There are so many triggering options available out there and it can be difficult to choose which triggers to go for. Triggers come in all shapes and sizes and have different features to offer. Today we’re going to talk about the Godox X systems. We’ll be looking at the differences between the X1T, X2T, and XPro Triggers. We’ll also touch on the X1R Receiver and where that fits into the mix.
All 3 of these triggers will connect directly to any of Godox’s latest flashes including the AD series, V1, V860II, and many more. This is because all of Godox’s newer flashes have a built-in 2.4Ghz receiver. Our own Lencarta SmartFlash 4 and SuperFast Pro also have the exact same built-in 2.4Ghz receiver allowing you to seamlessly connect our equipment with Godox’s. All 3 triggers are available for Canon, Nikon, Sony, Olympus/Panasonic, and Fujifilm. The XPro is also available for Pentax.
However, you don’t need to have a Godox or Lencarta flash to use the Godox X triggers. Godox have kindly released a plug in receiver, the X1R. The X1R is available in Canon, Nikon, and Sony and can be connected with either b hotshoe for flashguns, or via the sync port for everything else. This allows you to connect the triggers to almost any flash, whether it be a Nikon SB900, a Canon 580EX, a Bowens monoblock, or any other flash with a sync port.
Where do the camera types come into play? Why does there need to be different versions for Canon, Nikon, Sony, Olympus, Fuji, and Pentax?
If you’re only looking to use these triggers with a manual flash, the camera type doesn’t really matter. Where it does matter is when they’re used for HSS or TTL. Each camera brand has slightly different set of protocols to activate HSS and TLL from camera to flash. This means that everything needs to be inline – the camera, the trigger, the receiver, and the flash.
X1T, X2T and XPro Similarities
The 3 triggers all have essentially the same features. The design and interfaces change, but the base features are available on each camera. They all allow the use of HSS and TTL when used with compatible flashes. They all have 32 channels, 5 groups and 0-100m range. They all allow you to adjust (for Godox and Lencarta flashes) the power settings, modelling lamp, modes, rear-curtain sync, flash exposure lock, focus assist, and zoom settings. They all take 2x AA batteries and all connect to the camera using either the hotshoe or via sync cable.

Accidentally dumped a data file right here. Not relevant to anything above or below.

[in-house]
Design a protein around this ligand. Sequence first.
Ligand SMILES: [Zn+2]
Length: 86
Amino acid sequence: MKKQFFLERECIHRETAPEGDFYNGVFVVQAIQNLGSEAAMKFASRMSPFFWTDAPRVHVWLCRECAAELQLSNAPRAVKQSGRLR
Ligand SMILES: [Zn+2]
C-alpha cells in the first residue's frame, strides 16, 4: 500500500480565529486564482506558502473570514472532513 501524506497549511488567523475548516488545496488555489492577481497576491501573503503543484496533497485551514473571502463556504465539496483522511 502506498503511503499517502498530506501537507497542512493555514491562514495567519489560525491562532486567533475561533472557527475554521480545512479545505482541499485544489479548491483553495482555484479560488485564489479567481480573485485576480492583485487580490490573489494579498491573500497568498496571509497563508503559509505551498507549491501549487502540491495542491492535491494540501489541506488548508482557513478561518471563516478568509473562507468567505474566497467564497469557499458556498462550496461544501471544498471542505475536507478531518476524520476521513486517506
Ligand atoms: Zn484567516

Let’s get down to the differences.
The Godox X1T
The Godox X1T is the first trigger of this set to be released, and is the most basic in terms of design. It has few buttons and a small screen, but does allow you to add a hotshoe flashgun on top of the trigger while it’s in use on your camera. This is all of course reflected in the price. If you don’t need of big screen with large text or lots of buttons, or if you’re on a tight budget, the X1T is the trigger for you.
Pass-through hotshoe, Budget friendly
Small Screen, Not many buttons
The Godox XPro
The second trigger Godox released was the XPro. The XPro has a completely different design to the X1T and X2T. It boasts a far bigger screen which make it more user friendly and easier to view. The XPro doesn’t have the pass-through feature, so you can’t a
dd a flashgun to the top. This trigger also has many more buttons. There are separate buttons for selecting each group, and separate buttons for each setting change you can make. This makes workflows so much easier and faster. The XPro is currently the most expensive of the three at £60 (March 2020), but the price is well worth the ease of use. If you’re needing a very easy to use trigger, with a bigger screen and more buttons, and you don’t need to add a flashgun to the top, this is the trigger for you.
Big screen, Lots of buttons, Tilted screen for easy viewing
No pass-through hotshoe, most expensive
The Godox X2T
The X2T is the latest released trigger of these three. The X2T is very similar in shape and style to the X1T, and allows the same pass-through feature allowing you to attach a flashgun to the top. The X2T has some nice additions to the X1T. It features a slightly larger display and the controls have been move around a little bit too. The X2T has separate buttons to select which of the 5 groups you want to adjust and the adjustment dial has been made bigger and moved to underside of the trigger. The X2T has also been fitted with Godox’s latest hotshoe lock, which is so easy to use. One of the big additions to this trigger is Bluetooth. Godox have released a mobile app available for iOS and Android which connects your smartphone to the trigger, allowing you to change all the settings from your phone. The X2T sits in the middle of the three triggers for price at £53 (March 2020). It’s a great middle ground between the X1T and XPro, with the pass-through hotshoe and ability to use your nice big smartphone screen when you need it.
BlueTooth, Good amount of buttons, new hotshoe lock, pass-through hotshoe
Which one should you buy?
We’ve now looked at all the similarities and differences between the three triggers. The choice is now yours to make. It really just comes down to which style is going to work best for the work you do.
Still feeling confused?
Don’t worry, the world of photography can be difficult to get your head round sometimes. If you’ve got questions or need anything clarifying just get in touch. We’re always happy to explain things and help you find what’s best for you. We’re available by phone (+44(0)1274 678842), email ([email protected]), or LiveChat on our website (www.lencarta.com).